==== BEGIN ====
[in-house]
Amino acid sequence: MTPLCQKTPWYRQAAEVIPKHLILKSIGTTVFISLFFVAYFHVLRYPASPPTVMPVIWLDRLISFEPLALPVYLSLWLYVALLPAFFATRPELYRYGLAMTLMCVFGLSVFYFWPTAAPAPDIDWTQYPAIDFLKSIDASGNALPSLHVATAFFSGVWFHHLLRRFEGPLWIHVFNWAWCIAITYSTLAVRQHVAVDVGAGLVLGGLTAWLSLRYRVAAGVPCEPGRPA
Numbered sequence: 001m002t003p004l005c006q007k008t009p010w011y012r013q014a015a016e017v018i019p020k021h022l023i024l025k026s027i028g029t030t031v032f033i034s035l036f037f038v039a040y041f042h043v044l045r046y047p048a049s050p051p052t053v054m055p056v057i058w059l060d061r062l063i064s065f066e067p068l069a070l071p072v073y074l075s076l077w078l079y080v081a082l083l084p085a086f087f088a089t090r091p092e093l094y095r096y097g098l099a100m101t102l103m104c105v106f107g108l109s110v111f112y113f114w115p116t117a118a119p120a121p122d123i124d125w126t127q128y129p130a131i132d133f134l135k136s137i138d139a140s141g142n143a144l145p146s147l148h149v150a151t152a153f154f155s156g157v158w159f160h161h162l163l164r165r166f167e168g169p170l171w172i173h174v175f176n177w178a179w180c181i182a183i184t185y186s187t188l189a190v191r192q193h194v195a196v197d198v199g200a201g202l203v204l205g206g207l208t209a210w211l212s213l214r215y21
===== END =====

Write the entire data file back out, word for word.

[in-house]
Amino acid sequence: MTPLCQKTPWYRQAAEVIPKHLILKSIGTTVFISLFFVAYFHVLRYPASPPTVMPVIWLDRLISFEPLALPVYLSLWLYVALLPAFFATRPELYRYGLAMTLMCVFGLSVFYFWPTAAPAPDIDWTQYPAIDFLKSIDASGNALPSLHVATAFFSGVWFHHLLRRFEGPLWIHVFNWAWCIAITYSTLAVRQHVAVDVGAGLVLGGLTAWLSLRYRVAAGVPCEPGRPA
Numbered sequence: 001m002t003p004l005c006q007k008t009p010w011y012r013q014a015a016e017v018i019p020k021h022l023i024l025k026s027i028g029t030t031v032f033i034s035l036f037f038v039a040y041f042h043v044l045r046y047p048a049s050p051p052t053v054m055p056v057i058w059l060d061r062l063i064s065f066e067p068l069a070l071p072v073y074l075s076l077w078l079y080v081a082l083l084p085a086f087f088a089t090r091p092e093l094y095r096y097g098l099a100m101t102l103m104c105v106f107g108l109s110v111f112y113f114w115p116t117a118a119p120a121p122d123i124d125w126t127q128y129p130a131i132d133f134l135k136s137i138d139a140s141g142n143a144l145p146s147l148h149v150a151t152a153f154f155s156g157v158w159f160h161h162l163l164r165r166f167e168g169p170l171w172i173h174v175f176n177w178a179w180c181i182a183i184t185y186s187t188l189a190v191r192q193h194v195a196v197d198v199g200a201g202l203v204l205g206g207l208t209a210w211l212s213l214r215y21